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Google Trends

What else happened in Sep 2008?

A pattern has been spotted in Google Trends which is of interest to anyone following the Mandela Effect.

In Sep 2008, CERN first fired up the Large Hadron Collider.

A possible connection between CERN and the Mandela Effect has been discussed for some time now, so these findings will only serve to fuel the rumor mill even more.

There are 20 examples shown in the video from Mandela Effect Research which show a pattern which appears to be far from co-incidental.

Starting with Sketchers/Skechers, through Interview with a Vampire, Berenstain Bears, Depends and many others, there is an uncanny spike, peak or trough all taking place at the time the LHC was first turned on. 

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Extra dimension

A small tweak here, an adjustment there...

I saw a post recently on Reddit made by a troll mocking the Mandela Effect. I then committed the cardinal sin - I responded to him by mocking further. My response was "You think that's nuts, what about me - I woke up this morning in a universe where Donald Trump was president!". Childish I know, but a funny thing happened then as I thought about this a little more.

We're all becoming fixated with the trivial when it comes to the ME. We focus on lines in movies, brand logo differences etc. And there's always some vague supposed connection with CERN tinkering with reality using their particle accelerators. I've been saying this for a while now, but what if you actually did have a machine which could change something in the past? As you worked with it, you'd need to test it. And you wouldn't want to start big, like killing Hitler before WW2, or you'd risk eliminating yourself from existence. So I reckon you really would make seemingly innocent changes only you were aware of. That way, you'd know the before and after states and be able to refine the process accordingly.

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Art Bell

Art Bell May 31, 2001: "Time disturbances"

Fiona Broome is widely credited with coining the concept and phrase "Mandela Effect", but a recording from 2001 has surfaced which directly brings up the idea many people thought Mandela died in prison in the 1980's.

Art Bell ran the paranormal Coast to Coast AM radio show for many years, where fans of UFO's, ghosts, aliens etc were offered a forum, via his phone-in show, where their interests would be discussed seriously without fear of ridicule.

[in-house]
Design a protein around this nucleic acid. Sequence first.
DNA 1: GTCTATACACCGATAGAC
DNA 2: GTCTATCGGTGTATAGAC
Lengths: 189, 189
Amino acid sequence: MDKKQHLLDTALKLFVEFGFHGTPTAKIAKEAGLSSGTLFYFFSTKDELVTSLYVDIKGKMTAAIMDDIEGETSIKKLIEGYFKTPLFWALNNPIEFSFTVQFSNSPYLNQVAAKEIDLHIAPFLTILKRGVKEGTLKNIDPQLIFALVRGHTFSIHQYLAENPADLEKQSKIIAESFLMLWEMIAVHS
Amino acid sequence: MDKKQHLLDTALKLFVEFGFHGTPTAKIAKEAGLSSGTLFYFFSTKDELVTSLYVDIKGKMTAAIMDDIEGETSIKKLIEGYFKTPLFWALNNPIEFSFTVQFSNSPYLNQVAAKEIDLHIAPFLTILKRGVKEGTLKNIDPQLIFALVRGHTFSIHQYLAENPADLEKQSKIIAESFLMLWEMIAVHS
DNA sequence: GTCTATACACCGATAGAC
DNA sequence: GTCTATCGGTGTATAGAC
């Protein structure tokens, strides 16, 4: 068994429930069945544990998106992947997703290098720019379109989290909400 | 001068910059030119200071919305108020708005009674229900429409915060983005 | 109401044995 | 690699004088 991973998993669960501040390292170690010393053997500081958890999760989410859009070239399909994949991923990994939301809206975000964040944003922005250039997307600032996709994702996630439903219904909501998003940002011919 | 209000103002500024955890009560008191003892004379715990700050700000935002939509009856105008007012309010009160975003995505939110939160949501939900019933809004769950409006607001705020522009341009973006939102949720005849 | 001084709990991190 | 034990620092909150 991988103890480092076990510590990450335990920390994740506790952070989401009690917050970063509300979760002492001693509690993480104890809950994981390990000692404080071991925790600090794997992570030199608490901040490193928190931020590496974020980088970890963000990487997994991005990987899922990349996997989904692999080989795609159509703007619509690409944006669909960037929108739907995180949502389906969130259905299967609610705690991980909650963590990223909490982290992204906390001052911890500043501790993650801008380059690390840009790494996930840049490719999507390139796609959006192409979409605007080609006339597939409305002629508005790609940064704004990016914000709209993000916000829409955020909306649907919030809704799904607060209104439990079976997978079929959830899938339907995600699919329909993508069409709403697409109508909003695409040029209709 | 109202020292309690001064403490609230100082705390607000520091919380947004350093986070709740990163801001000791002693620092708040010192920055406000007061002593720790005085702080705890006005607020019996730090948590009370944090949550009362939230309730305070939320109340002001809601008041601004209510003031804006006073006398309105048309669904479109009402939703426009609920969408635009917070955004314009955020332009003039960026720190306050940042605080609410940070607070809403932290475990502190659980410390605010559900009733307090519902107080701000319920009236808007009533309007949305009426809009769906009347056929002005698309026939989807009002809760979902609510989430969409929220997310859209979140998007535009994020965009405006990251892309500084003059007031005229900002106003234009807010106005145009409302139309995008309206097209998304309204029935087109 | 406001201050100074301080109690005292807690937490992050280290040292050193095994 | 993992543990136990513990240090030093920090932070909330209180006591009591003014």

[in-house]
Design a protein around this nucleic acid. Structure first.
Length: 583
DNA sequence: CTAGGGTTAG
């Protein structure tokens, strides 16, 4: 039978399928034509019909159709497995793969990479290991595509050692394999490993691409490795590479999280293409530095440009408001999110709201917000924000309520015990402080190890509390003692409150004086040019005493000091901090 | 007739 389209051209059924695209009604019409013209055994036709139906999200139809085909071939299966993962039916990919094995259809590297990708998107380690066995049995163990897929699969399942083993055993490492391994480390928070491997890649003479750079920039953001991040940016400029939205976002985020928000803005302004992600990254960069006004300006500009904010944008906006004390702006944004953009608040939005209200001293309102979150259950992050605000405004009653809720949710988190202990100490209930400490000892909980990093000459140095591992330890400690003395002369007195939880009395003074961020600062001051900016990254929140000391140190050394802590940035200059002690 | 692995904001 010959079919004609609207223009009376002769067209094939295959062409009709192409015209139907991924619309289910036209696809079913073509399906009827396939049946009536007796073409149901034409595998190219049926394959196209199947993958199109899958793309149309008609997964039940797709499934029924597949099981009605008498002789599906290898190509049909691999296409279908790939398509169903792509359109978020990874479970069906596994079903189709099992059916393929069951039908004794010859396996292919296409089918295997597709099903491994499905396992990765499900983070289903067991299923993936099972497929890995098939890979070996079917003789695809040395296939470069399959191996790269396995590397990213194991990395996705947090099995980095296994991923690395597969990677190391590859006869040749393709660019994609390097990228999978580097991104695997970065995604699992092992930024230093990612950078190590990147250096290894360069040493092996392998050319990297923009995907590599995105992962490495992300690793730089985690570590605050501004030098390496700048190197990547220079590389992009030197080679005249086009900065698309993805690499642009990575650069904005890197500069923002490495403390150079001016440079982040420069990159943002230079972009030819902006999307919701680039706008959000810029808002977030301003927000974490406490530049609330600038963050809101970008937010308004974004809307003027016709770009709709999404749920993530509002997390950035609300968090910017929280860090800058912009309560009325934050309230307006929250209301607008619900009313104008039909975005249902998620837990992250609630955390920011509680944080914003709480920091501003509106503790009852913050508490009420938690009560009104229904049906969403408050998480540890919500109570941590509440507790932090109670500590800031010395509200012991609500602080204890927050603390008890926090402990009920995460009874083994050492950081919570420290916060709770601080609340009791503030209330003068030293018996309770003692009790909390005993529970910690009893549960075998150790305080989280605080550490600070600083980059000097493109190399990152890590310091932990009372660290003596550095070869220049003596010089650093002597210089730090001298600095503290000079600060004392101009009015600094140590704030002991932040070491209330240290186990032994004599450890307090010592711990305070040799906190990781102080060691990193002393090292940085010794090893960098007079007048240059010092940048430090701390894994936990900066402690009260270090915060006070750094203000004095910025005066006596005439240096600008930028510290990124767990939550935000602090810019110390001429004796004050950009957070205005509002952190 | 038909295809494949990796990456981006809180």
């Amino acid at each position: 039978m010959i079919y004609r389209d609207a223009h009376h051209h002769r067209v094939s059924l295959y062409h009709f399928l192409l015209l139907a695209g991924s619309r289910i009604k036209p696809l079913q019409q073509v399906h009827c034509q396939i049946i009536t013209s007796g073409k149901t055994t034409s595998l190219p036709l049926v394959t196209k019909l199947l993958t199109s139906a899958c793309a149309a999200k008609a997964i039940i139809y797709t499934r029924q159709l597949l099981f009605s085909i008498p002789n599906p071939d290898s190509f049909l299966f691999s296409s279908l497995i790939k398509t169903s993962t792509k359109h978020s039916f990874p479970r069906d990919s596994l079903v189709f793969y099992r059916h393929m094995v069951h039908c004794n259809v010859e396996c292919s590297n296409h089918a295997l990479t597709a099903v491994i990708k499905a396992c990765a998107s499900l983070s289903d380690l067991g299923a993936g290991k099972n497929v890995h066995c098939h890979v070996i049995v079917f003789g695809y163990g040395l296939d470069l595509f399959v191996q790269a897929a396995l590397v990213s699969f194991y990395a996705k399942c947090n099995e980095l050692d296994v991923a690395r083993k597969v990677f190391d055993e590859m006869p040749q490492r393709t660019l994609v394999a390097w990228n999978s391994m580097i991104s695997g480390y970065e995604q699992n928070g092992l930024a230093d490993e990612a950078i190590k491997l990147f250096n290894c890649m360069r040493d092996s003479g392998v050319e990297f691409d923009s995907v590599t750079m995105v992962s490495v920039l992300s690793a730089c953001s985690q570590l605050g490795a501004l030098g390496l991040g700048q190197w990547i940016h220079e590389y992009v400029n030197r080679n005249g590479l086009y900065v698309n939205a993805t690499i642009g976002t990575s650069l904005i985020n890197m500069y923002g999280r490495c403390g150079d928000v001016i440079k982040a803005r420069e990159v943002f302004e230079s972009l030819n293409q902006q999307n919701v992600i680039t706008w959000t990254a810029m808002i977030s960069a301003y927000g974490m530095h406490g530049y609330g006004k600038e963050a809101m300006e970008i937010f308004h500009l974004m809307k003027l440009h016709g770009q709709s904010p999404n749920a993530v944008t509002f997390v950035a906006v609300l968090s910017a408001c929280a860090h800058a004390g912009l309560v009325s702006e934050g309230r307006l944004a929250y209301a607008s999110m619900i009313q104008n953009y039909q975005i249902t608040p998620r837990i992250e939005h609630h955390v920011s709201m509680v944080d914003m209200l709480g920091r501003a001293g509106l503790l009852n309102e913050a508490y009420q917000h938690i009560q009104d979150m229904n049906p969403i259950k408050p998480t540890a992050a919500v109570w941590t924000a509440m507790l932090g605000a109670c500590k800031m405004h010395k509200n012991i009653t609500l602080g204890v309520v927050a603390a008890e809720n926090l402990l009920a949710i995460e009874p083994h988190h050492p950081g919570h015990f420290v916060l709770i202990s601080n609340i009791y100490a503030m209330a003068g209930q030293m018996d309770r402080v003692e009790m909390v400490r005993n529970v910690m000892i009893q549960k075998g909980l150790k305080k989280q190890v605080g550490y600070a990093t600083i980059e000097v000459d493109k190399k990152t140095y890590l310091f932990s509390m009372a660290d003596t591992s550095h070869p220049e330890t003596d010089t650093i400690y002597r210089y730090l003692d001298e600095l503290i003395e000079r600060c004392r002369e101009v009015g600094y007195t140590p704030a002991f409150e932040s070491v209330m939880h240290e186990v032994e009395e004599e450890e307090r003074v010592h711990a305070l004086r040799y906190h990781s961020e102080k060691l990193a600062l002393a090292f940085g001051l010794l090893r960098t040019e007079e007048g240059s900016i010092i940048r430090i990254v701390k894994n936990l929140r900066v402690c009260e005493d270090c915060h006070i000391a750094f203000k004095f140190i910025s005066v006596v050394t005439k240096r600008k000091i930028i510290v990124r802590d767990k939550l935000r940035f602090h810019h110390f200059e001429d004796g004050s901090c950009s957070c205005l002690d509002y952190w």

It was on one of these shows - May 31, 2001 - when discussing with Dr Morgan Spence the idea of time travellers being able to change things in the past, that the idea of memories being different to the widely accepted timeline, and the exact story which created The Mandela Effct came up. 

It's spooky thinking the Mandela Effect term has only been known since 2012, but, unless things change (!), it turns out even the Mandela story is a fair bit older than that. Listen for yourself ... it starts at the 1:01:11 mark.

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Human Brain Schematic

The memory retrieval process

There's a class of Mandela Effect which could be explained by the fact the method the brain uses to store and retrieve memories is the same for everyone.

The explanation is that an efficiency mechanism uses key points and triggers to fill in any blanks. The missing parts were considered unnecessary at the time of initial storage, because further processing is used to draw them out, or "recreate" them, at the later point of retrieval. Computer scientists are pointing to AI systems as using a similar process when reassembling incomplete data. A statistical "likeliness" algorithm is used in conjunction with the original data stored to produce what is then used as the full memory, and that is then treat as being indistinguishable from the original.

Evolution may have created a sliding scale of memory detail required for humans to survive. This happened alongside the intelligence needed to recreate the memory when necessary. The importance of the memory would then be directly related to the level of detail stored.

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Being an expert "doubles the risk"

In a controversial study, scientists have concluded that there is a much higher likelihood of false memories being implanted if the subject is an expert in the particular field in question.

This counter-intuitive outcome arises when the subject has a stong interest in the topic, which clearly experts will have.

Trials were conducted where 4 incidents were related to the subject, of which 3 were true and one was false. Statistically, it was found significantly more believed the false stories if they were and expert in that field.

The studies were carried out at the University College Dublin by Dr Ciara Green, who said

Increasing scientific and public understanding of the causes of false memory is an important goal, particularly in light of some of the more negative consequences associated with the phenomenon, including faulty eyewitness accounts and the controversies surrounding false memories of traumatic childhood events.